I darted across the street with my arm wrapped in a sling, holding the empty garbage can. I felt like a burglar, but nobody cared. I turned the garbage can upside down outside the window. I stopped before looking in; the glass was hot like a spotlight, or police light. I’d had an encounter with a police car a month ago while walking home late from a party. I felt that same intense fear rippling through my body, like electronic lights had been sent into my brain in waves of static, making me frozen and incapacitated. It was an amplified stillness which coursed through my mind, reverberating with horrifying images and scenarios. The police officer had questioned me about where I was coming from, which I had to lie about and not let on that I had been drinking with other minors. There was violence in the officer’s commands. Now petrified with that same level of fear, I moved away from the window.

The closer I was to that light the more I realized that I didn’t want to see that tingling image of horror, Death’s handiwork gone completely unnoticed by the neighbors. It was a discovery for someone else to make. Not me. I’d seen a dead person at a funeral last summer. That empty shell of a body looked so disrespected in the frilly casket. It was a waxy doppelganger of the person I’d known. I was aghast by that horrible smile that the mortician had created. It was a poorly concealed smile. It was the grim smile of a corpse vacant of life. It was the grinning smile of a skull, laughing to itself because it knew the cards fate was holding. But

the walls broke away

in the calm

the toed foot

hovering in the glow

a church-like silence

the white skin

and brown water

all at once

murdering my mind

I stepped off the garbage can and back home. Before going inside the house, I quietly crept into the adjacent neighbor’s yard and opened their cellar door a crack. There was always a cooler which contained uncountable beer cans floating in lukewarm liquid. They never knew how many beers were missing.

      The rest of the night I stayed up and drank with all the lights on in my bedroom. I didn’t dare go to the blinds, though I knew the blue light was there,  waiting patiently. I eventually drank myself to sleep, woke up, and went to school. Two days passed. I was outside again as the evening painted the sky a reddish purple. I heard the buzz of highway congestion, of earth-shaking trucks and roadsters, and the endless commuters passing through on their way home from their miserable employment. It was starting to feel colder. Leaves were gathering in colorful piles in the corner of the driveway and floated down upon me as I stood in the driveway. I’d had to remind myself to put on a sweatshirt tomorrow night. Out of nowhere, I noticed confusion across the street. Someone was banging on the door of the maroon house. Then several police cars and an ambulance pulled up and all hell broke loose. Family members arrived and screamed and broke down crying. Police taped off the driveway. It unfolded like a movie. Finally, I saw Oscar arrive and collapse in tears onto the hood of his mother’s brown car.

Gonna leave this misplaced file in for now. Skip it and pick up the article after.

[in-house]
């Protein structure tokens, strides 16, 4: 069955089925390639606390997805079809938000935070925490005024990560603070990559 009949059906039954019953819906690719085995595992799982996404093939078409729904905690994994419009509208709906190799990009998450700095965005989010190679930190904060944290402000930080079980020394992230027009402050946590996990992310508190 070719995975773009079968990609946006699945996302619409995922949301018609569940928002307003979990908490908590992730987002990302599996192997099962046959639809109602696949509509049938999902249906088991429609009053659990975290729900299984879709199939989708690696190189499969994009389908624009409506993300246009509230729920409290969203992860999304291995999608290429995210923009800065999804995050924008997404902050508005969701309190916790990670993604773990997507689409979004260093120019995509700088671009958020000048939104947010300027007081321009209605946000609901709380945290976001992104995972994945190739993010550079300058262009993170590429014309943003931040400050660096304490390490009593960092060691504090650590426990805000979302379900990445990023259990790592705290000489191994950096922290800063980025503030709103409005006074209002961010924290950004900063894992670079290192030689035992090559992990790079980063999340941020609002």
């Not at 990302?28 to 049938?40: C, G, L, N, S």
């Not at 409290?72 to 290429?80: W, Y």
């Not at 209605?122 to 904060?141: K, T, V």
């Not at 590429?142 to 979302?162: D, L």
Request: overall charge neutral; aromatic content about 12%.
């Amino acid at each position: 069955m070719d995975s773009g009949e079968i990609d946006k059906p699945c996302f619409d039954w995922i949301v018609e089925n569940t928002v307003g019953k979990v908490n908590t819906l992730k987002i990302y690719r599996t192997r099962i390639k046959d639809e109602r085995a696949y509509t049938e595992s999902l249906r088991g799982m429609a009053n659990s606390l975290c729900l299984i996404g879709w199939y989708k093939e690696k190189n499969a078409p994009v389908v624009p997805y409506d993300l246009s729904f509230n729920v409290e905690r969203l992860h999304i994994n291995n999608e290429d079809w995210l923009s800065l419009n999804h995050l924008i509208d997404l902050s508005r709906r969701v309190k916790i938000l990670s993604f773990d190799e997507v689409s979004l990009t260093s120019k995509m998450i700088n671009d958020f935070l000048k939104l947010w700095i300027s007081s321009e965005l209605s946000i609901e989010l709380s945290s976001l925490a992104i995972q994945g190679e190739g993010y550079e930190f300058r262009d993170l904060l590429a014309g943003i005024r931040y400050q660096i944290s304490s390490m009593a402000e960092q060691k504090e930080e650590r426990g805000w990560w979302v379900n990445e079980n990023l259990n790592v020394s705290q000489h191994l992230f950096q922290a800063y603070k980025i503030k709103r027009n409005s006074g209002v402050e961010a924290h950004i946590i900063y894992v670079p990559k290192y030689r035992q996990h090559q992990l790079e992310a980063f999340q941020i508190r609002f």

They took Oscar’s mother out in a large black body bag on a stretcher and loaded her into a quiet ambulance. Only its blue lights flashed on all the houses in the neighborhood. The police didn’t stay very long. The house was a frequent place of drug activity. Oscar’s mother was a waitress and would often call out for days, so nobody thought anything was wrong that she did not show up to work for nearly a week. I saw Oscar and he walked over and told me that his mother was a heroin addict and that she’d had an overdose about a week ago. It was like a dream, really, or an accident. This wasn’t the place it used to be when I was younger. I didn’t know what an O.D. was or what addiction meant. Oscar said that he thought her boyfriend had killed her and asked if I’d seen his red Pontiac around. I didn’t recall seeing the car.

The next night the bathroom light was off, and I never saw it on again, but a nightmare was waiting for me behind the curtains of a thousand rooms. It was in the cherry blossoms opening before me, their pithy material falling away into the wind. It was here, and now I know it is everywhere, a hungry villain attuned to my fears. It is in a thousand shoeboxes of vanishing photographs. “Can you see me now?” the ghost girl asks beyond all glimmering illusions, “I am in the drops of rain as you bicycle below.”

Craig Shay’s writing has appeared in many publications both in print and online. Most recently his fiction is forthcoming in Sirens Call and his poetry has appeared in The American Journal of Poetry and The Stickman Review. He teaches Literature courses at SUNY College at Old Westbury. Instragram: _writing_craig_shay